Artificial Pancreas Center
The Artificial Pancreatic Center (APC) is dedicated to improving glycemic management through the development and testing of glucose-sensing technologies and drug delivery systems to ultimately achieve a fully automated artificial endocrine pancreas. Over the years the laboratory has gained expertise in development and testing of medical devices using a bench to bedside approach. The laboratory has close collaborations with engineers from industry and other academic faculty and uses small and large animals to implant and test hardware. The laboratory faculty have been training graduate students who become intimately involved in numerous projects while developing skills in surgery, implantation biology, pharmacology, study design and biostatistics.
An artificial endocrine pancreas consists of a continuous glucose monitoring system, an insulin infusion pump, a glucose/glucagon infusion pump and a computer controller. Such a system will decrease errors in insulin delivery, eliminate the risk for hypoglycemia and improve a diabetic person’s quality of life. Intensive insulin therapy and near-normal blood glucose control has been shown to decrease morbidity and mortality leading to improved long-term clinical outcome and decreased cost.
Our multidisciplinary team of physicians, engineers, scientists, nurses, dieticians, pharmacists and veterinarians are currently developing systems for both ambulatory patients with diabetes and hospitalized patients with diabetes or stress-induced hyperglycemia.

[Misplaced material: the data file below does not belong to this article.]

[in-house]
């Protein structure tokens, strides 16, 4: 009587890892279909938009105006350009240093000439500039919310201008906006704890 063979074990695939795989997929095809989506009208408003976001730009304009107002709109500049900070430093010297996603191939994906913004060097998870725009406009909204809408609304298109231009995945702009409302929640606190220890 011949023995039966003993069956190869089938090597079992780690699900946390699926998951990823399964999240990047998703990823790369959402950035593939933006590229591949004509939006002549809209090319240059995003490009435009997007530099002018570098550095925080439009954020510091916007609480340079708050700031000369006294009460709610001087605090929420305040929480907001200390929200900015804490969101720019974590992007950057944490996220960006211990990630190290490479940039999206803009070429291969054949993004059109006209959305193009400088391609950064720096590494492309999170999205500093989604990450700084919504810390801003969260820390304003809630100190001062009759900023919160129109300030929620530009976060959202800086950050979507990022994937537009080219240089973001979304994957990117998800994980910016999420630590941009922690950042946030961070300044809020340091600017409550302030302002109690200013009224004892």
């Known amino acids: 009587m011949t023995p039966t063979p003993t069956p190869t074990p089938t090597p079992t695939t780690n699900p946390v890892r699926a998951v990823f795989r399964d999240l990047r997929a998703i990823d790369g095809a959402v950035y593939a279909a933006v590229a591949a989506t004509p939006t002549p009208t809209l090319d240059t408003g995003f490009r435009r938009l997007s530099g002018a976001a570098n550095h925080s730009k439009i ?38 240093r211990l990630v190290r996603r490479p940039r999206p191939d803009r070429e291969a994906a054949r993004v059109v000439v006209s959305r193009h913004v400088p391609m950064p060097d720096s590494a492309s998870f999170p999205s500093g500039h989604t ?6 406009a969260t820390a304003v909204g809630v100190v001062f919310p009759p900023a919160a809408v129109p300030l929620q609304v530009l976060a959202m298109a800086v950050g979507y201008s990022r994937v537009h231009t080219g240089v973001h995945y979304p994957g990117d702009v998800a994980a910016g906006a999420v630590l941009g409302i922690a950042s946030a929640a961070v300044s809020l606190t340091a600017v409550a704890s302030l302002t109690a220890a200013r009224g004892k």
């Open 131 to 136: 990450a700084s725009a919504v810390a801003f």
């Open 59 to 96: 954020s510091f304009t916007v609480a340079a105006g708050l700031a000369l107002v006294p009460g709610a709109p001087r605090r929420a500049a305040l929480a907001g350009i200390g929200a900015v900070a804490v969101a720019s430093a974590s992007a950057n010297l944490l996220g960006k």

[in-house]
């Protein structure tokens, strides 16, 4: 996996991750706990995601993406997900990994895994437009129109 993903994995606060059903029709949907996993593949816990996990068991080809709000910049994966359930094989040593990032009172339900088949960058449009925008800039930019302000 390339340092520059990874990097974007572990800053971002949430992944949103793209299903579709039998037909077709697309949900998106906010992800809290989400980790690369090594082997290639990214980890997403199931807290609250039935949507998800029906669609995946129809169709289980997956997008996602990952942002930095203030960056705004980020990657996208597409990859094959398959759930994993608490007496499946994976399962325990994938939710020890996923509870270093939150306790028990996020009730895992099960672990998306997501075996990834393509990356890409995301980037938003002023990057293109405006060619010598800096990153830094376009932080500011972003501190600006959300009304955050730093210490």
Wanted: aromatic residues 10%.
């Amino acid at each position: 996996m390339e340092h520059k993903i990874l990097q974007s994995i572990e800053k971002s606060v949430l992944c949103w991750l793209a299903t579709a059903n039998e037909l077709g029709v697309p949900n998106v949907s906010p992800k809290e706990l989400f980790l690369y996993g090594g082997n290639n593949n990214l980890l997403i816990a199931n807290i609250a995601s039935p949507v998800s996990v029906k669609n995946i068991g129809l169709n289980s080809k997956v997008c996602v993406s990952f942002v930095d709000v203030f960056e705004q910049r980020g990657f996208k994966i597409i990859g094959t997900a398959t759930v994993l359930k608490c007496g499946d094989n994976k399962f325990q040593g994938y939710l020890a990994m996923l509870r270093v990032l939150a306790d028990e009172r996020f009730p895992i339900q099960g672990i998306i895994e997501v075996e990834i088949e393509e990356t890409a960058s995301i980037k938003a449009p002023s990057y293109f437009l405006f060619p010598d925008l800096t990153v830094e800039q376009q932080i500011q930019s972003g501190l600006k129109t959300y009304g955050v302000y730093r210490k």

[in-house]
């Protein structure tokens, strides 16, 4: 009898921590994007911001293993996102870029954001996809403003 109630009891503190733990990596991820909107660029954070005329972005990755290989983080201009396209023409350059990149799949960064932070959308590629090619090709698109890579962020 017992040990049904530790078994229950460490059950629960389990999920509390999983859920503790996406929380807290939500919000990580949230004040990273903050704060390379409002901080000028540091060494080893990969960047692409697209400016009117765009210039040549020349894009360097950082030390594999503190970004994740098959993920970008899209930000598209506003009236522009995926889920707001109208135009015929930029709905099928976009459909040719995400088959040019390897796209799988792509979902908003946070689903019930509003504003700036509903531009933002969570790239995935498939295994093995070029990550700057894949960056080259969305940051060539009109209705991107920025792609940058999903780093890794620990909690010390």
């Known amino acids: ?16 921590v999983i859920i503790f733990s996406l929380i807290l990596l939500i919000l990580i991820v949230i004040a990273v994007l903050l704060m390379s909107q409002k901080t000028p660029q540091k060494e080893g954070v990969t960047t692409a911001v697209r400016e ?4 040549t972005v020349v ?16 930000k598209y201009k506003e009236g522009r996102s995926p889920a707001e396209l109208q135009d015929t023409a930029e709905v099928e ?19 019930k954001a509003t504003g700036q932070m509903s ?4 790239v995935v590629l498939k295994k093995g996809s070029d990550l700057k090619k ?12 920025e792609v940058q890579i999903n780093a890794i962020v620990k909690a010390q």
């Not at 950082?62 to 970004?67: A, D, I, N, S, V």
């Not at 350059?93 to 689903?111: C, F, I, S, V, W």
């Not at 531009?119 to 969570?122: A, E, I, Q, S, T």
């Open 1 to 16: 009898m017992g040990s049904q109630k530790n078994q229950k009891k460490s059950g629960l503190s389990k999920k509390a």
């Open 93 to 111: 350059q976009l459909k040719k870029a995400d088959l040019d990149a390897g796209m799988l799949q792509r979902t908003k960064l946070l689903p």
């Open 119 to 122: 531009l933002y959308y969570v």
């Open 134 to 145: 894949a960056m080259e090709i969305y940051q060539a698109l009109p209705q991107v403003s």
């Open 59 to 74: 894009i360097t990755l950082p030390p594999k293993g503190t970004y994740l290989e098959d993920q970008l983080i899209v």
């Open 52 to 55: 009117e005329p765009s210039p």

Our Mission is to become a world-leading laboratory for (1) medical device research, development, and testing, (2) education of medical students, resident physicians, fellows and faculty how to develop medical devices and perform animal/human research, and (3) research, development and clinical application of an artificial pancreas for hospitalized patients and ambulatory patients with diabetes.
The Artificial Pancreas Center was founded in 1998 with support from the Department of Anesthesiology, Sidney Kimmel Medical College and Thomas Jefferson University. Under the direction of Jeffrey I Joseph, DO, the center sought to facilitate the research and development of technology for the real-time monitoring and control of blood glucose and insulin levels in patients with diabetes. Initial work within the center focused on the development of an implantable optical blood glucose sensor in collaboration with Animas Corporation, a company Dr. Joseph helped found in 1996.